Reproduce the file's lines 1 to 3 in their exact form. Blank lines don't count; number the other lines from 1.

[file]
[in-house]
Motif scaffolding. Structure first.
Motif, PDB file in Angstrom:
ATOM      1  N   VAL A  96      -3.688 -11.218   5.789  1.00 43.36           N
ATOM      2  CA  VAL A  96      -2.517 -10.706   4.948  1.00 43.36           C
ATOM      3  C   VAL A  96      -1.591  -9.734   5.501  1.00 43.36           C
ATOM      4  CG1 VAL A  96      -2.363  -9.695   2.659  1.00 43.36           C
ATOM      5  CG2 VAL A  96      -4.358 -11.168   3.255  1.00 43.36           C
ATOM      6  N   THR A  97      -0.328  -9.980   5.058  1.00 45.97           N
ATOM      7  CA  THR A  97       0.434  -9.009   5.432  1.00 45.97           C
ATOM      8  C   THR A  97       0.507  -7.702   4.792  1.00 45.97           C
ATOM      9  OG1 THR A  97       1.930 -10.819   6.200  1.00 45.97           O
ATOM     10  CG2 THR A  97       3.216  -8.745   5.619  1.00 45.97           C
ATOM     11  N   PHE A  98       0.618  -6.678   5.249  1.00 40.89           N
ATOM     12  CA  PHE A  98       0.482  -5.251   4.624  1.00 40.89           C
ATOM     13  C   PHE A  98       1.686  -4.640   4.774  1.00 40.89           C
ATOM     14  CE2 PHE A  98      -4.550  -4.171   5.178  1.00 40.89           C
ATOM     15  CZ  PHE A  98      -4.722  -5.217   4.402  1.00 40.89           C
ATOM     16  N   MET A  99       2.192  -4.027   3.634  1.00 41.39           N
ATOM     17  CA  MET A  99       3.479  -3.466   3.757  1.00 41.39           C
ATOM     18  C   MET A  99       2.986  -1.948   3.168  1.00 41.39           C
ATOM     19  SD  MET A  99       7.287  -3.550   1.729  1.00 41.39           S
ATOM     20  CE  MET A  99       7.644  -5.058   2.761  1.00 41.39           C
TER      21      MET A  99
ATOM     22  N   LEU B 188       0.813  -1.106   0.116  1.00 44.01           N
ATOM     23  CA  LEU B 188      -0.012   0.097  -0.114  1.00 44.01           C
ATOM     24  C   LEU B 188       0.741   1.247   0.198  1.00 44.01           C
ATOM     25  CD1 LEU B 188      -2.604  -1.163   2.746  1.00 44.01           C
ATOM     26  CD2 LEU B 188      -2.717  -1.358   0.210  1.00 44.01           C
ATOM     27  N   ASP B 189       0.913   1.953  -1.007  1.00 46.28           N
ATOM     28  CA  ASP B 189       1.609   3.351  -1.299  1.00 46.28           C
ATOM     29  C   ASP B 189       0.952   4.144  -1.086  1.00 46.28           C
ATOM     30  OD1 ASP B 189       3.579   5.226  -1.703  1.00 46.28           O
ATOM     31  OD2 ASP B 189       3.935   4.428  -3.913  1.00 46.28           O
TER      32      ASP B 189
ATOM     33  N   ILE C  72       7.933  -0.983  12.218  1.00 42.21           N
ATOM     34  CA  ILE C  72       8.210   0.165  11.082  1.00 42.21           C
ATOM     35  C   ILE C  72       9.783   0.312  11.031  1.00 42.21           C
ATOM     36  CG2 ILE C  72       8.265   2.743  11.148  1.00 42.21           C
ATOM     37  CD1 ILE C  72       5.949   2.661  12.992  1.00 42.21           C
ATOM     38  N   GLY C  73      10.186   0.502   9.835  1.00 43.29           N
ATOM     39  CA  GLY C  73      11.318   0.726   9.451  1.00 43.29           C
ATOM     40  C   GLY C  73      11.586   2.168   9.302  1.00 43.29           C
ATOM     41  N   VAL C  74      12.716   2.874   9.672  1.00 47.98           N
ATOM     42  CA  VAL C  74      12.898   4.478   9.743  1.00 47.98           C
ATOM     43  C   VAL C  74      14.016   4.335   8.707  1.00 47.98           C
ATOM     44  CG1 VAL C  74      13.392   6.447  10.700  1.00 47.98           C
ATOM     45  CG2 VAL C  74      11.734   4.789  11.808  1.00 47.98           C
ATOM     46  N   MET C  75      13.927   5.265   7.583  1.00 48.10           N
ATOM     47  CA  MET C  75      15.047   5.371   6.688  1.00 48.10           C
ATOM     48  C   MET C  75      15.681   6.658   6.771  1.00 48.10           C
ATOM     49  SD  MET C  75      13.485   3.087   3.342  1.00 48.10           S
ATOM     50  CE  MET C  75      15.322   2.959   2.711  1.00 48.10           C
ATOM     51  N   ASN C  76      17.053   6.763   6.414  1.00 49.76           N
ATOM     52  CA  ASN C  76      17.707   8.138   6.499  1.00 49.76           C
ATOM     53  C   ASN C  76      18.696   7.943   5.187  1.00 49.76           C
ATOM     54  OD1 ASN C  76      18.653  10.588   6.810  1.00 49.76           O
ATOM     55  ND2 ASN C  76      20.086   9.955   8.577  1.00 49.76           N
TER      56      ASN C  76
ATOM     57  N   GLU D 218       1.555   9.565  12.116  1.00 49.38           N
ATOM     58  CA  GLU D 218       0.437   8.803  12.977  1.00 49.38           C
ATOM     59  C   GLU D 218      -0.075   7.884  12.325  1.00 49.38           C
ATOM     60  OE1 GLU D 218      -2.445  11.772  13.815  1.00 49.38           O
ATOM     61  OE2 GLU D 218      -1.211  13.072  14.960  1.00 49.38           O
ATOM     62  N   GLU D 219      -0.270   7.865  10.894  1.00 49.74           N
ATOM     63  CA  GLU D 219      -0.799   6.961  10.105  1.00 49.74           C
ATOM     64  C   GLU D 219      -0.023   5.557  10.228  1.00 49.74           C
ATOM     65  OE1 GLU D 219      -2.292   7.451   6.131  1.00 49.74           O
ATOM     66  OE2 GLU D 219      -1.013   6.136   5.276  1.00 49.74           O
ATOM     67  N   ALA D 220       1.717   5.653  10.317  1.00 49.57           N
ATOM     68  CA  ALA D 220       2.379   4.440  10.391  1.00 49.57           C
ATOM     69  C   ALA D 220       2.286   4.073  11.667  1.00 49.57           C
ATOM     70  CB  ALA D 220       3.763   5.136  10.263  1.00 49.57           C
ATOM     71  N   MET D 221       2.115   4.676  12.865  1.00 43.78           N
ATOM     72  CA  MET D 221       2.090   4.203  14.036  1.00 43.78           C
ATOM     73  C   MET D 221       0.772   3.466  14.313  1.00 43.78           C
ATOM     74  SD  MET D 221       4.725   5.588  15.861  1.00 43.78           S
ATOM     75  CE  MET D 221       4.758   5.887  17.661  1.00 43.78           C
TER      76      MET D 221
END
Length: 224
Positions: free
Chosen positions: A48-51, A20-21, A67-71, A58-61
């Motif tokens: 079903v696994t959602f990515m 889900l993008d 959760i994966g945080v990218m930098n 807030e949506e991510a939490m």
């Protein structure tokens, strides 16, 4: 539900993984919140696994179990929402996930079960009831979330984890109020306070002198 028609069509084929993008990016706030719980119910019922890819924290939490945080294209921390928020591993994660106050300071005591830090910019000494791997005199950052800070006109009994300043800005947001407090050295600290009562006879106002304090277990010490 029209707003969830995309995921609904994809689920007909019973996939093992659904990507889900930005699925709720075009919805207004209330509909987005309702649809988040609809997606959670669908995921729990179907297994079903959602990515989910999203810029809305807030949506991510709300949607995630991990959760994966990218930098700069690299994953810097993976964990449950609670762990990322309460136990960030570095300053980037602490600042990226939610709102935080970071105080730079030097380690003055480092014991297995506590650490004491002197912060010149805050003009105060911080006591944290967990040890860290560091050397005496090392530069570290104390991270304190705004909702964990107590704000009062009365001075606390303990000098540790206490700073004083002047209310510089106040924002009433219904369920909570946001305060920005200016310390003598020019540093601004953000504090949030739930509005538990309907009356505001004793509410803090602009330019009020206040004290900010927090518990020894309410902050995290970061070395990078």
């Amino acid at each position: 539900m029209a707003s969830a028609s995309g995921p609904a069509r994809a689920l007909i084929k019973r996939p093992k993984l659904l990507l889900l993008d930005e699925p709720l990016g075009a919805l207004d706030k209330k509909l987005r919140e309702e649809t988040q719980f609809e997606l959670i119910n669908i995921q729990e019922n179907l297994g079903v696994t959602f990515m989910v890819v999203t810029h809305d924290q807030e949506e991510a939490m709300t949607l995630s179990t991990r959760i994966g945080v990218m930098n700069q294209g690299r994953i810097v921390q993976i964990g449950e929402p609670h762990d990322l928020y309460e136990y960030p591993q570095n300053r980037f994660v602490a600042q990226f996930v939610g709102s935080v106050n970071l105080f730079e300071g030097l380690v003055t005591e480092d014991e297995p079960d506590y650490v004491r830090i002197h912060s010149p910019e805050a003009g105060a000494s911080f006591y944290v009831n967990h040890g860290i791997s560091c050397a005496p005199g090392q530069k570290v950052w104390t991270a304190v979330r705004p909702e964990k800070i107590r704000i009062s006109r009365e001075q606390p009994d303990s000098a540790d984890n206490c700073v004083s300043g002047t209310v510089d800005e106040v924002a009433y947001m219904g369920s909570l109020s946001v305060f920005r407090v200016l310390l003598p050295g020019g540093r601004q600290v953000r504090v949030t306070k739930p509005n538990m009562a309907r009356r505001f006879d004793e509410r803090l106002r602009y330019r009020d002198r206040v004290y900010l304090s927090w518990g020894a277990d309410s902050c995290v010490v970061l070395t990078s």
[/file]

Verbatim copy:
[in-house]
Motif scaffolding. Structure first.
Motif, PDB file in Angstrom: